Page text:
• Locate a spot for the worm bin, which can either be a plastic tote or a fancier setup.
  • Lay down an oxygen-rich substrate for bedding, such as horse manure or corrugate.
  • Add food waste to create a rich microbiome.
  • Add worms.
  • Shut them in with a lid to protect them from the light.
  • Regularly stir the mixture with a compost aerator.
  • Produce compost.

2. Open Air Windrow (OAW) Compost

If you want to engage in another form of classic composting, the open-air system could be the organic experience you’re craving. However, the most considerable drawback to this system is that it can’t handle food waste. Food needs an enclosure to compost successfully. The OAW method is viable for green matter, like mulch and grass clippings. If you produce any of these from your apartment, it’s an intelligent way to minimize these waste sources, and supplement it with another form of food composting. 

3. Tumblers

Compost tumblers come in numerous shapes and sizes, composting food waste in potentially a month or less. These contraptions require brown matter, like straw or pine needles, in addition to food waste to ensure proper nitrogen levels. Rolling the tumbler a few times each week encourages the microbiome to thrive. Check weight limits for tumblers and ensure it’s still easy enough to turn, so it doesn’t prevent you from maintenance.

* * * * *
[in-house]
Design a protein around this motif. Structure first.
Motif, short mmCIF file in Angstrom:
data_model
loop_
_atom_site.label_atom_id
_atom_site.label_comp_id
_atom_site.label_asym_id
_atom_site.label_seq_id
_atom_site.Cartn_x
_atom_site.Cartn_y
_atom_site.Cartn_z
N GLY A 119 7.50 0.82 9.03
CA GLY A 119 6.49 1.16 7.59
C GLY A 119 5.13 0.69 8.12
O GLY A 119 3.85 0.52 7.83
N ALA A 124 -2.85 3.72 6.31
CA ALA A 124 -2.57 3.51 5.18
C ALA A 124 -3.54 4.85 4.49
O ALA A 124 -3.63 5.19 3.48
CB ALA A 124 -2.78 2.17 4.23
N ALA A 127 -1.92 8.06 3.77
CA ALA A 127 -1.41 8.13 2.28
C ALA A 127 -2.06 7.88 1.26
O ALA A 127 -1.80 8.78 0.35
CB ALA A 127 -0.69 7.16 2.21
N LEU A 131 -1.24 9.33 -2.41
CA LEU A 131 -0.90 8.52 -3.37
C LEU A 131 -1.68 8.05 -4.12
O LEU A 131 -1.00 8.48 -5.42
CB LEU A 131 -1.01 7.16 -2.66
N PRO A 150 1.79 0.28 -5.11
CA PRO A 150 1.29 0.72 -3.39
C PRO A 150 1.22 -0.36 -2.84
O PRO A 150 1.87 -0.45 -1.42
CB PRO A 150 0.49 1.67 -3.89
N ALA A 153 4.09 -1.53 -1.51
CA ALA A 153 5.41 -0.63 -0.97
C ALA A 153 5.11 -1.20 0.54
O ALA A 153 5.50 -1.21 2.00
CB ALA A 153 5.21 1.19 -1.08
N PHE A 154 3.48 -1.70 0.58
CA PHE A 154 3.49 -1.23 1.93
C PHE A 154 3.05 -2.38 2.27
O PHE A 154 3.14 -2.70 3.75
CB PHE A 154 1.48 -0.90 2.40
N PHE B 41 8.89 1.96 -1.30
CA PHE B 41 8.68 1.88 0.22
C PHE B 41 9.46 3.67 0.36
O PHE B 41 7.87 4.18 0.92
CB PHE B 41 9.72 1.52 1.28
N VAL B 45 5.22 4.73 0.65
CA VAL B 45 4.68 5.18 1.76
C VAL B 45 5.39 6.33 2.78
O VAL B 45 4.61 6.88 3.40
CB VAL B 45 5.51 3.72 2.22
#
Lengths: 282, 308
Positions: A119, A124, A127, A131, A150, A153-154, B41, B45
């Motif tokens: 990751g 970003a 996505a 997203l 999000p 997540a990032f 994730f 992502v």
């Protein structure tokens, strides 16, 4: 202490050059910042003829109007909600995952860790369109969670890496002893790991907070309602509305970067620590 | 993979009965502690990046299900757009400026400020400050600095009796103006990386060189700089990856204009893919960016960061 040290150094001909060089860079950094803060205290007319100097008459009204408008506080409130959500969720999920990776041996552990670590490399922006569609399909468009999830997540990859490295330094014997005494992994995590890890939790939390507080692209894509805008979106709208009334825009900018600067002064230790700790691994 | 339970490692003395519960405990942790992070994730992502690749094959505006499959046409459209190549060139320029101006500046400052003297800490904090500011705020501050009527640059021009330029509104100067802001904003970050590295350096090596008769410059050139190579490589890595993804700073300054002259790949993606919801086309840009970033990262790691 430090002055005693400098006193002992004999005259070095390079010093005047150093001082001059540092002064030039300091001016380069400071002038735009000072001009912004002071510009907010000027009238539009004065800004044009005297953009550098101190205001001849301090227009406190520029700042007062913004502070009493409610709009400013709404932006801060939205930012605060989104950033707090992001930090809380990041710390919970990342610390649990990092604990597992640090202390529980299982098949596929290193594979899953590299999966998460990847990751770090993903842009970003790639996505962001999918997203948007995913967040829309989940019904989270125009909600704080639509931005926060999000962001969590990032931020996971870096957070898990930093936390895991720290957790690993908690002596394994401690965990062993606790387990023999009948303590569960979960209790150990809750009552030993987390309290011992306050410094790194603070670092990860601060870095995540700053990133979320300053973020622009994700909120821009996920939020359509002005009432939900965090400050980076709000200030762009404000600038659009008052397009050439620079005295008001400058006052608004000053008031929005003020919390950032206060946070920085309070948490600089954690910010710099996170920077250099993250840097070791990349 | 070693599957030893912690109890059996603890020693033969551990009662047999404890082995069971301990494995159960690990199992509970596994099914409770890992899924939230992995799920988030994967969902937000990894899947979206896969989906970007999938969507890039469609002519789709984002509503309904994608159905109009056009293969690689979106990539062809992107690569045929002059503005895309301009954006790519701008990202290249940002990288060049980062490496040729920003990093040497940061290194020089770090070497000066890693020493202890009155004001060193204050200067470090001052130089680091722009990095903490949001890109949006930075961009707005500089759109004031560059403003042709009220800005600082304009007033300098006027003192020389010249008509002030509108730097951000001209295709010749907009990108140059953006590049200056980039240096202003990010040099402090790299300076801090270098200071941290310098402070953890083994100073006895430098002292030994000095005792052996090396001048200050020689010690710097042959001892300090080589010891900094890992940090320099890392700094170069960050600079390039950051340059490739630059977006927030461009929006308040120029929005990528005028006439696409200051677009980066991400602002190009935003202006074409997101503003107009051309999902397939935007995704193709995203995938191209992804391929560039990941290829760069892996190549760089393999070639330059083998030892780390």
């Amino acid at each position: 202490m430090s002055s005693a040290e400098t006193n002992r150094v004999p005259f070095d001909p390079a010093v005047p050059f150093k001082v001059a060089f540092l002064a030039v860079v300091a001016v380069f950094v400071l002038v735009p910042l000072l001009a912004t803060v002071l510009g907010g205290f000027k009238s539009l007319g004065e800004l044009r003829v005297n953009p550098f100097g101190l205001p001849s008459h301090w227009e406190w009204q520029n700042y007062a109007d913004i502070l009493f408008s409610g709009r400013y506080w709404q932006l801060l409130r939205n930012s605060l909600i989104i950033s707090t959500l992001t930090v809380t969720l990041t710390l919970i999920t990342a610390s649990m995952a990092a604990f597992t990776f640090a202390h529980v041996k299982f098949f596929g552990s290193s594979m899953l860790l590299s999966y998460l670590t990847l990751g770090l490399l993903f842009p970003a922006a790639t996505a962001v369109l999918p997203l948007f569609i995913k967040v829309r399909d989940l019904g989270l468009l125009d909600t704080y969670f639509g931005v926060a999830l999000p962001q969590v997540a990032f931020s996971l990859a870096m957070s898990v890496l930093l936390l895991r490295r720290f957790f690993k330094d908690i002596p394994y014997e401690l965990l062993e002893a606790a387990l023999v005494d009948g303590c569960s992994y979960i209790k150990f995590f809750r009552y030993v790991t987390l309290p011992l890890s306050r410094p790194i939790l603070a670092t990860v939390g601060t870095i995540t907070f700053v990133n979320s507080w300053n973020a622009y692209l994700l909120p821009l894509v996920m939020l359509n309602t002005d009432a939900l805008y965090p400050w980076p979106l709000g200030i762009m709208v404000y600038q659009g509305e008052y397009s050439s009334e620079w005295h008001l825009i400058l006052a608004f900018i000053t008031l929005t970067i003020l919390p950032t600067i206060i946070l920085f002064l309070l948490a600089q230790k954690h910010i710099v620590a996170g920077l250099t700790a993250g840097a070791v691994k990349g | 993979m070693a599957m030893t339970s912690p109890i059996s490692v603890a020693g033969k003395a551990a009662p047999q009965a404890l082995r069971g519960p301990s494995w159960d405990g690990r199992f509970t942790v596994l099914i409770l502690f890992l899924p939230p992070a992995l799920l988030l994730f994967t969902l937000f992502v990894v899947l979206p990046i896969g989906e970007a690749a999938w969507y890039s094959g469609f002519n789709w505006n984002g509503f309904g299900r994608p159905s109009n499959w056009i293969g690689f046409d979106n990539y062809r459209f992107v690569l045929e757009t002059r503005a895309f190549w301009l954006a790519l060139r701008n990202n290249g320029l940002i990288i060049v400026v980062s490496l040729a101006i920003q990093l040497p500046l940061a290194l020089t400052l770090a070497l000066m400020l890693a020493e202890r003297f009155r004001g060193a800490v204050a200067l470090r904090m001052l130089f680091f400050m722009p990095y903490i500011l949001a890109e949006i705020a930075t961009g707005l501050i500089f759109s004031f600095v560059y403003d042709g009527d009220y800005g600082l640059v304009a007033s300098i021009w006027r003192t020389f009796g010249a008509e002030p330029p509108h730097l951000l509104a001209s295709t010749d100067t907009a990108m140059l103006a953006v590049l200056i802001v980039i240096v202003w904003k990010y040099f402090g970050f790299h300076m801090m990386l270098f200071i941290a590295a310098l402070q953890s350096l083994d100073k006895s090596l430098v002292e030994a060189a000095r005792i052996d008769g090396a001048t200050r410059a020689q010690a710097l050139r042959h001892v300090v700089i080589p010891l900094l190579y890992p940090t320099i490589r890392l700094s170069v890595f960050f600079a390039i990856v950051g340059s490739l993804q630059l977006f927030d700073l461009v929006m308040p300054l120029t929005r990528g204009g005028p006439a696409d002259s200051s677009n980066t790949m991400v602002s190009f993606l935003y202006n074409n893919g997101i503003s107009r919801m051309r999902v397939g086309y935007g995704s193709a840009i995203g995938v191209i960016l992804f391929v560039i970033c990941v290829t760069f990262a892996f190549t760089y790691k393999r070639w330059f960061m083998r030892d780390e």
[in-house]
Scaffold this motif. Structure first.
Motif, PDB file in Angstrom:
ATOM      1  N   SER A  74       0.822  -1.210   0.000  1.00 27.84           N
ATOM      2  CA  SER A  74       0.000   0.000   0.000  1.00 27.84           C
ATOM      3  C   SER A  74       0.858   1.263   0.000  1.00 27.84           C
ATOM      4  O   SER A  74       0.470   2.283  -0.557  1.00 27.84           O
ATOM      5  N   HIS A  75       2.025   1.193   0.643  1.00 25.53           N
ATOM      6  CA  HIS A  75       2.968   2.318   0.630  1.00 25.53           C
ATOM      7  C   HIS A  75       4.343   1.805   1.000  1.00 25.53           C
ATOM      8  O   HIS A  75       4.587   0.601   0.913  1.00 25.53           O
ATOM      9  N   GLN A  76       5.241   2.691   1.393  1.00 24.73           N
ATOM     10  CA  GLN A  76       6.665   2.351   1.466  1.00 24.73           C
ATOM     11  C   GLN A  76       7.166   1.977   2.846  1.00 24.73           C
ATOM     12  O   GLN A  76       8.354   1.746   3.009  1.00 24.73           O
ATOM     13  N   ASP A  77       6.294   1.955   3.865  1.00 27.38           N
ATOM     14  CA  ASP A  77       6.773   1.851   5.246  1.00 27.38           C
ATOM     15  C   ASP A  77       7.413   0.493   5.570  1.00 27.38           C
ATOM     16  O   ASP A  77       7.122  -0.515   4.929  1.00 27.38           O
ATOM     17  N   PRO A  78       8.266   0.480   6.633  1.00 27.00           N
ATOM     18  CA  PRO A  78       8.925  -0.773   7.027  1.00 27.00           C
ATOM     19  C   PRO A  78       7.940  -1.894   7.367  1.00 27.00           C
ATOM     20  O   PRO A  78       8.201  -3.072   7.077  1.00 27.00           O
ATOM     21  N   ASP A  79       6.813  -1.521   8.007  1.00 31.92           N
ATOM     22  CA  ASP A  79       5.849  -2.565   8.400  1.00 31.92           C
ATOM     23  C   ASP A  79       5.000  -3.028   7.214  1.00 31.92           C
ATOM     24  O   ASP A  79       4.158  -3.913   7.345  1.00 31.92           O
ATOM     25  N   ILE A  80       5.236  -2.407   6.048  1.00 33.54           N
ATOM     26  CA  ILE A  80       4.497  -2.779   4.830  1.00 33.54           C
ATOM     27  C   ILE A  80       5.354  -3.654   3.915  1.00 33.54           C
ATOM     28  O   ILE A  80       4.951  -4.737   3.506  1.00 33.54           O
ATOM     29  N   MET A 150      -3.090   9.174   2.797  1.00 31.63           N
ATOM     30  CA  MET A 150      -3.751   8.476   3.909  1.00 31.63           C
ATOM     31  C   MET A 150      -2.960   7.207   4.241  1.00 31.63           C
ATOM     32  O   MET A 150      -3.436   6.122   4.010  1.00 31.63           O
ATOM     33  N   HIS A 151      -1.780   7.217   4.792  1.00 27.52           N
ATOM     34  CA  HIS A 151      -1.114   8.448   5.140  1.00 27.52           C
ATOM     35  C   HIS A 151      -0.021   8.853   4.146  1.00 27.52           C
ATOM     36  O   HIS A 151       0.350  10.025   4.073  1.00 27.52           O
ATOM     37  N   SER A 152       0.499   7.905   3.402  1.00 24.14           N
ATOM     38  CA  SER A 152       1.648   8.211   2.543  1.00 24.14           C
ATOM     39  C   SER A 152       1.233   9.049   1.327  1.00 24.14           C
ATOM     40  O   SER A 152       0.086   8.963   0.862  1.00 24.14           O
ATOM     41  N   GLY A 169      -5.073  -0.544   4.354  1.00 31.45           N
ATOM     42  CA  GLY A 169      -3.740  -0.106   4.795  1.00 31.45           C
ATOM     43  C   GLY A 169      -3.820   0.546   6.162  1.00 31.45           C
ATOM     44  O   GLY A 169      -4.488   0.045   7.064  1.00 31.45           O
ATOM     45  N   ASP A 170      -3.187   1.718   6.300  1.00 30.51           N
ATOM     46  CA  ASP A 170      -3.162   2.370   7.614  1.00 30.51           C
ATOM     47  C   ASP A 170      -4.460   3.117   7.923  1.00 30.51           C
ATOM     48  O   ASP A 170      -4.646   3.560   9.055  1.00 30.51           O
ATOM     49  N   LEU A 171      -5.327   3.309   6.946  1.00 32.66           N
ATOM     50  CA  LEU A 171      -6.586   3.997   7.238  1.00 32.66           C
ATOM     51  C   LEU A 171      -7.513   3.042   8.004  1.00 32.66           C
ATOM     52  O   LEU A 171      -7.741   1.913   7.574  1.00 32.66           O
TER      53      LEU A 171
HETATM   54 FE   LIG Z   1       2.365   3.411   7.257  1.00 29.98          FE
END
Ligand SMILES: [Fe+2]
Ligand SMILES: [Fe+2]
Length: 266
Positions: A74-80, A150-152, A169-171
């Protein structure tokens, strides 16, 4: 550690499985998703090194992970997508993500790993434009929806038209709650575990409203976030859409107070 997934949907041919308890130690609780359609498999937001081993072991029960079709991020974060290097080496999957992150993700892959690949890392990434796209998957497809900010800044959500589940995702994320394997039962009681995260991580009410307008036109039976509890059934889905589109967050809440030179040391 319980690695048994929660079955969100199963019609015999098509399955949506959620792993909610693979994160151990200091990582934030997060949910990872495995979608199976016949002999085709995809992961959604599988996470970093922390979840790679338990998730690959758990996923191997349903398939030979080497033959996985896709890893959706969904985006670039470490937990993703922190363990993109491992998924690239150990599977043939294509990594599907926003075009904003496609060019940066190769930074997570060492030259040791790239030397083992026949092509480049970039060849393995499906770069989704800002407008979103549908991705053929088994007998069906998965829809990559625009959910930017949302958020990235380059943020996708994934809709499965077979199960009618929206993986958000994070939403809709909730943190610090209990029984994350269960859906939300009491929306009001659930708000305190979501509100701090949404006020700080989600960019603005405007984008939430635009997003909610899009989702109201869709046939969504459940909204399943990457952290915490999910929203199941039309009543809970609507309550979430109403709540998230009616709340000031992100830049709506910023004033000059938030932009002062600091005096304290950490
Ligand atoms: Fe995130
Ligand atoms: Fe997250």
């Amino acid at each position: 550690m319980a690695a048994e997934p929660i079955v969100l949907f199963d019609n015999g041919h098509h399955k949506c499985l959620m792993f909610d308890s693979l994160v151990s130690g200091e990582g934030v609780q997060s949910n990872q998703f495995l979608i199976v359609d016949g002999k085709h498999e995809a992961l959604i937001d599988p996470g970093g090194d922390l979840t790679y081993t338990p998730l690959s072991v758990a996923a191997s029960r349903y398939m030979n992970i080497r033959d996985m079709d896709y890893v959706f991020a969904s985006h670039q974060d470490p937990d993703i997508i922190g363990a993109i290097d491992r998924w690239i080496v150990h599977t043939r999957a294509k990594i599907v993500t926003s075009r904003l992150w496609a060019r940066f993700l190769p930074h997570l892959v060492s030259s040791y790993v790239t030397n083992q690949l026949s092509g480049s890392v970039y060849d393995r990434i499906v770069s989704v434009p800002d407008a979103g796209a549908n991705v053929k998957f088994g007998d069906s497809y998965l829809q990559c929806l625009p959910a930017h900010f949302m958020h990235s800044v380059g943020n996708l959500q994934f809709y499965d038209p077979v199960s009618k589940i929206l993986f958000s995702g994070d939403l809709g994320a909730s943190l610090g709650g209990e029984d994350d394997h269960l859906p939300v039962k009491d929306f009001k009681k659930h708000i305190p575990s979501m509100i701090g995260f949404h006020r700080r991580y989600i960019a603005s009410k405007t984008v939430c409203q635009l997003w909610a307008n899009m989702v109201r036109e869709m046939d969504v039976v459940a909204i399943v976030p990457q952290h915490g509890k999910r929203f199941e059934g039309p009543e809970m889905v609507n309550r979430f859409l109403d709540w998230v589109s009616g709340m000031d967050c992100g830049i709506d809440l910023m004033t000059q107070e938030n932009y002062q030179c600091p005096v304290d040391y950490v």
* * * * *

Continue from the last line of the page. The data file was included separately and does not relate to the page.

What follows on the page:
4. Animals

Other than worms, farm animals like chickens make great composting assistants. They aren’t picky, eating everything from bugs to eggshells. Their manure helps the soil, and their natural movements and foot shape turn soil naturally, keeping components moving for microorganism creation. Look into the best chicken-raising practices to ensure you treat them well and provide them with a lovely home — apart from their incredible natural utility.

If You Don’t Have an Outdoor Area

Even if you have an outdoor area, you want an indoor option for accessibility. These could have a higher price tag, because the nature of composting is usually a natural experience relying on an outdoor environment. However, new technologies and services reveal how to compost in an apartment with style.

5. Compost Pickup Services or Curbside Services

These options vary depending on location. Some cities or states have these options built into their city trash collection or recycling system, with an additional green matter bin to fill with food waste. Then, the city turns it into compost, leaving less responsibility on apartment tenants. Resources like city government websites or directories like Litterless help people find what’s available in their area.